A Lesson in Femininity

Written in the style of Sherman Alexie
 – Elizabeth Hunter

4 Years Old

My best friend, Joy, lives across the hall of the two bedroom, low-income apartment I share with my parents, my grandmother, and my two brothers and two sisters.  Joy’s glorious collection of Barbies tops out at over fifty, each one with delicious honey locks and more clothes than I have ever owned. She spends hours a day amongst her haremchanging their outfits and combing their hair. Joy imagines a universe of scenarios for each Mattel goddess to perform, most of which involve Ken, a horse, and a sunset.  Through her role-play, she is learning to become a woman.  My lessons come in a different form.

6 Years Old

Probing the edges of my white panties, Lisa outlines dozens of the tiny blue flowers before sliding her hand inside the cotton.  I close my eyes and count to 20 over and over again. “Hold the picture up!” she snaps as she shifts her body for deeper penetration.  That is my job; I turn the pages of my father’s thick, sticky porn magazines, while my 14-year-old babysitter acts out each scene inside me.  She is always the man, and as she’s told me many times, I must be a better woman.

My parents are either at school or one of the three jobs they each have.  My older sisters and brothers are gone, as usual, and Lisa has just put my baby brother down for a nap in the tiny bedroom that the five of us share.  Per tradition, she has dragged me to my father’s broken down orange van, where a pile of blankets hide his stash of violent porn.  I do not enjoy Lisa’s games, but I am grateful that her fingers do not resemble the terrifyingly huge phalluses from which she takes her inspiration.

Before bed, it is my eldest sister’s job to give me a bath.  She scrubs mercilessly at the ever-black stains that cover the entirety of my knees.  “I swear to god, Liz,” she snarls, “I don’t know how you get so fucking dirty…”

8 Years Old

My father has a girlfriend with two sons; big sweaty boys, with pale skin and too-red cheeks.  The boys are bullies; they tease me and call me names, spit on me and gloat about their basement full of televisions and video games which, they say, “girls ain’t allowed to play.”  Seeking refuge, I creep up the stairs, but my father and his girlfriend prefer to be alone.

“Flirt with them,” my father tells me. “Tell them that they’re handsome and strong – they’ll be nice to you.”  

“But they aren’t,” I complain.  “They’re gross and mean and I hate them!”

“Hate is a word that young women should never use,” he scolds me.  “Now go down stairs and be nice to the boys.”

I am a mouse, creeping down the stairs silently. But the boys have cats’ eyes, and they begin their chant as soon as they spy me. “Did the baby run to Daddy?” I race at them, with every intention to strike, but I’ve learned from the daily fights with my older brother that my fists will have little effect.  At the last second, I change my plan of attack, and instead set myself gently on the older boy’s lap. He begins to giggle self-consciously as I curl my finger through his dishwater mop of greasy hair. Confused and apprehensive, I reach my other hand out to brush the splotched chubby cheek of the younger brother who has just begun whining for my shared attention.  The boys are all sugar now, and I wonder why I still want to cry. Swallowing the fierce nausea that threatens to expel itself all over my new brothers, I rest my head on the older boy’s chest and reach for the Nintendo remote.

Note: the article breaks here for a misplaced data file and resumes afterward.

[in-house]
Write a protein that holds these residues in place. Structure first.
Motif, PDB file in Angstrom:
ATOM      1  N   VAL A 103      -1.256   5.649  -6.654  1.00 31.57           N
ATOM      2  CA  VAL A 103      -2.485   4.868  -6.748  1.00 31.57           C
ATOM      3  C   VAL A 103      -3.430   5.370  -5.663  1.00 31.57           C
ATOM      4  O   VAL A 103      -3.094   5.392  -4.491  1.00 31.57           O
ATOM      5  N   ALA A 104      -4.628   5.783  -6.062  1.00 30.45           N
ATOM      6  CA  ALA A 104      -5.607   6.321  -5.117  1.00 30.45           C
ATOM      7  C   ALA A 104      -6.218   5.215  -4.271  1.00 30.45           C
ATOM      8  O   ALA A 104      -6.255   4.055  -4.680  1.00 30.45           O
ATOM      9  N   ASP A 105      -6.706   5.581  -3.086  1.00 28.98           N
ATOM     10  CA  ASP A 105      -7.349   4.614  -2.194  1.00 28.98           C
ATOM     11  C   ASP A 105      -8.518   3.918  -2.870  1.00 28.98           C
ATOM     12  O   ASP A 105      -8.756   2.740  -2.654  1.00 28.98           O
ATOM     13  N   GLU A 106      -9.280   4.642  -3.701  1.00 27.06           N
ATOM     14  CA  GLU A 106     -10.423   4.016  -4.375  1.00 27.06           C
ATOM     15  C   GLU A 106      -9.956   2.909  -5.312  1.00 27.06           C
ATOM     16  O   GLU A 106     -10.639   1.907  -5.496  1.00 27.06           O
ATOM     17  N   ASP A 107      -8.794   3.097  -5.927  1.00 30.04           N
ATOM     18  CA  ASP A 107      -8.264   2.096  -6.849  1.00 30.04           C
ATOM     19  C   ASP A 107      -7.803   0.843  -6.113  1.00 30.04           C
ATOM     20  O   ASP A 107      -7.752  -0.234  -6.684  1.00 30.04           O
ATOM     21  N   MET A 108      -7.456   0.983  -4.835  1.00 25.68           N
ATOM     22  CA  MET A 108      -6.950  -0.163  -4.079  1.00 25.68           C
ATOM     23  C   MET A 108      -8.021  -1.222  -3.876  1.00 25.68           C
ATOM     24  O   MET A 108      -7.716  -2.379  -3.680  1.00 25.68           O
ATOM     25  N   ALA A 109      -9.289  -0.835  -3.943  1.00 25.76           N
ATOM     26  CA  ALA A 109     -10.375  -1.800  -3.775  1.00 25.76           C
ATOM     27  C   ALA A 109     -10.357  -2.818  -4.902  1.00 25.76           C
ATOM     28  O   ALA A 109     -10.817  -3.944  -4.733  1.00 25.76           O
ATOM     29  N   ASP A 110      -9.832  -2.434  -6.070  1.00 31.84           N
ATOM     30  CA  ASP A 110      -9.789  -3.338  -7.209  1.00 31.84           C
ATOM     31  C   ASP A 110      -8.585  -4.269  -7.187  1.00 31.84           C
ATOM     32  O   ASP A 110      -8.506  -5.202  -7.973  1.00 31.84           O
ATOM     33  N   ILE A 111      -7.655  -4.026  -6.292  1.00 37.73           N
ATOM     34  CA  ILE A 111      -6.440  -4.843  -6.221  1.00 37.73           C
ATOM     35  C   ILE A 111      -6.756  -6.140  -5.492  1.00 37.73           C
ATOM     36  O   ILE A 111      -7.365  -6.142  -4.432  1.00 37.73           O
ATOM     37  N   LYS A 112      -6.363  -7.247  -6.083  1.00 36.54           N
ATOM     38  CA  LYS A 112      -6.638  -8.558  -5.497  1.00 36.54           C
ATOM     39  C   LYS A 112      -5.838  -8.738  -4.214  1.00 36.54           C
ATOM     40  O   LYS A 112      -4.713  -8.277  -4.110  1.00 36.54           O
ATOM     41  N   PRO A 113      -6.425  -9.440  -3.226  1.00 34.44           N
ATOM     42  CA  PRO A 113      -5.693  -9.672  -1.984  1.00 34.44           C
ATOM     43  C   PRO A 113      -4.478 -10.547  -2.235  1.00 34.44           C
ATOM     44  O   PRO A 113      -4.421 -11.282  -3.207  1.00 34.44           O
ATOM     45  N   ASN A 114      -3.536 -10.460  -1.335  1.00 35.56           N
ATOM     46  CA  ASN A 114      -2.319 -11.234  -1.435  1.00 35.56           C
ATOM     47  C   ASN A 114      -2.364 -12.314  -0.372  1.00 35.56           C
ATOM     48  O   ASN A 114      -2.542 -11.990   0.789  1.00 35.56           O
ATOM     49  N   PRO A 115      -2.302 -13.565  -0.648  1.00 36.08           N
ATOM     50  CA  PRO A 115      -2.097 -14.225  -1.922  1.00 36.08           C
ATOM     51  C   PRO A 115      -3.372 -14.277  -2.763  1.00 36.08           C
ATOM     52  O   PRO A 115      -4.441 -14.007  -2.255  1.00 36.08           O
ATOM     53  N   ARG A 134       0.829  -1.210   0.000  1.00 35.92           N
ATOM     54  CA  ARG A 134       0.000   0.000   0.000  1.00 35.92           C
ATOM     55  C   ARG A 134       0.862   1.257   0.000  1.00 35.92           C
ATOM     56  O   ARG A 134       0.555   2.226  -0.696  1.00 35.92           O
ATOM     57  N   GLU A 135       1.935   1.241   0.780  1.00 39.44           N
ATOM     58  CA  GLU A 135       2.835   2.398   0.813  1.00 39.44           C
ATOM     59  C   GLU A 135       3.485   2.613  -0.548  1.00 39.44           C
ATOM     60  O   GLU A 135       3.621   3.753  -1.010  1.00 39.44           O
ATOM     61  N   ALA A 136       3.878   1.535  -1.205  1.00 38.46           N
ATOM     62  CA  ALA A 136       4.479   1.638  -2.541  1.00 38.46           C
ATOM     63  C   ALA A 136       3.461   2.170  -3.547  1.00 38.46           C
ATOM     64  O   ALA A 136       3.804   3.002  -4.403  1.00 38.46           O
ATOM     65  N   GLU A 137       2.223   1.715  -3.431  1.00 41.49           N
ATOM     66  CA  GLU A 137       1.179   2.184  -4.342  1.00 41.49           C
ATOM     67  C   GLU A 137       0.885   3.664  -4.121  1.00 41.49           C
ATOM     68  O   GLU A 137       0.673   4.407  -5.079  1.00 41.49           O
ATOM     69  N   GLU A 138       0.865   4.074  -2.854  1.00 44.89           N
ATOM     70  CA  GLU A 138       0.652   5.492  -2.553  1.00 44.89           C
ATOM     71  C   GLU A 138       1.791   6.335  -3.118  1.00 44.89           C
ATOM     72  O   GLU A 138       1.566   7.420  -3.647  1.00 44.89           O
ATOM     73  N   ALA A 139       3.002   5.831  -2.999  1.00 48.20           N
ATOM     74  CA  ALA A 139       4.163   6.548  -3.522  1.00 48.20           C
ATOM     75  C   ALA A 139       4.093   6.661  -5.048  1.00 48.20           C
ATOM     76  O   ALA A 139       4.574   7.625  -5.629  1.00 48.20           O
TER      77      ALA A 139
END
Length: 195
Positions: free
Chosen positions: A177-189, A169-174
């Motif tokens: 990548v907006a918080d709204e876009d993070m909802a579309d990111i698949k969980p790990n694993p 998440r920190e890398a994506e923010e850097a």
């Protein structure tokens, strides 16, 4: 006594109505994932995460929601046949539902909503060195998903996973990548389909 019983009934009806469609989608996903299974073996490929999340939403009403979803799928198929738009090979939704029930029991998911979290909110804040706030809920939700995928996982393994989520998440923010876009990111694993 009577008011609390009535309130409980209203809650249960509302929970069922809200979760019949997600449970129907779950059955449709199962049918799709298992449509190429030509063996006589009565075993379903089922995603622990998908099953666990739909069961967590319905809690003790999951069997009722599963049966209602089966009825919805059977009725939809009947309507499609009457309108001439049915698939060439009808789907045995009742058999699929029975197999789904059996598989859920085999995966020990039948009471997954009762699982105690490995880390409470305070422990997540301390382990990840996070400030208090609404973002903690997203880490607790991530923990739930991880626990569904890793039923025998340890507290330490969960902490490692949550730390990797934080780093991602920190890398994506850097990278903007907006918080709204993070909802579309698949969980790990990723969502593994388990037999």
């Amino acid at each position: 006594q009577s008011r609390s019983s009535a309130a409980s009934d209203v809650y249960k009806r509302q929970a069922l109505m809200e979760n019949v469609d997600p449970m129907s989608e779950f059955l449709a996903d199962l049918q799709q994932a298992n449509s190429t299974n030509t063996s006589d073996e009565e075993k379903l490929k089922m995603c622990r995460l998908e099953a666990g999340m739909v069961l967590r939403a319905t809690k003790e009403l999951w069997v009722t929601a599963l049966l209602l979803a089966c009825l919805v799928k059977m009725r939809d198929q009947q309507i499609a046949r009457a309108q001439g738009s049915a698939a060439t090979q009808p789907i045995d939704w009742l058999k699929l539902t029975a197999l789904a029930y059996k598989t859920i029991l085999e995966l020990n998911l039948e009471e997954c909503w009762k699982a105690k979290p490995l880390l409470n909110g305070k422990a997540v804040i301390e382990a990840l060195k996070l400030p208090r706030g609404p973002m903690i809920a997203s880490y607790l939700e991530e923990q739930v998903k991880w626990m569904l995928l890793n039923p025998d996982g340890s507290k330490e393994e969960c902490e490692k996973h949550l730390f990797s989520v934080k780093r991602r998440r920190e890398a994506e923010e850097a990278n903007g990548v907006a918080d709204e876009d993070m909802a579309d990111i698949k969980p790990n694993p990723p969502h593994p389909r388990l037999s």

11 Years Old

Main Street is packed for the Fourth of July parade. Frightened by the manic crowd, I franticly search for my older sister. I find her friends instead, varsity football players, who claim that my sister is already on the way to one of their homes.

When we arrive at the tiny trailer, someone hands me a two-liter bottle and dares me to drink.  The boys are rough and vulgar, and the alcohol only lubricates their juvenile testosterone. A tall boy, with perfect hair, pulls out a gun and starts waving it around.  The boys shoot holes in the wall; they fire at empty beer cans.  Growing bored, one boy decides on a new game and places the barrel of the gun near my left eye. As they play Russian roulette on my temple, I think of how much the tall boy looks like Joy’s Ken doll.

“Be nice to the boys.”

My father’s lessons echo through my mind as they pull me to the piss stained mattress in the back corner. Five boys take turns, cheering each other on and high fiving as they steal my virginity.  They bruise and scar my flesh with stains my sister will never be able to scrub away.

Hours later, my father will not look at me.  He tells my sister to take me to the doctor –  slams the door on the way out.  After that summer, my father and I never speak again. No one confronts the boys. My lessons are never mentioned. Eventually, the bruises fade. The scars do not.

14 Years Old

My education is nearly complete.  I have just been expelled from middle school, but I care very little.  I know that science and math have nothing to do with my role as a woman. Barbie doll girls go through high school and college.  They grow up to be interior designers and nurses. They get sunsets and happily ever after.  Girls like me do not.  My 29 year old boyfriend picks me up in a stolen burgundy truck.  His violence is reflected in the cast on my right arm; his sex, in the child growing in my belly.

I pray every day for a son.

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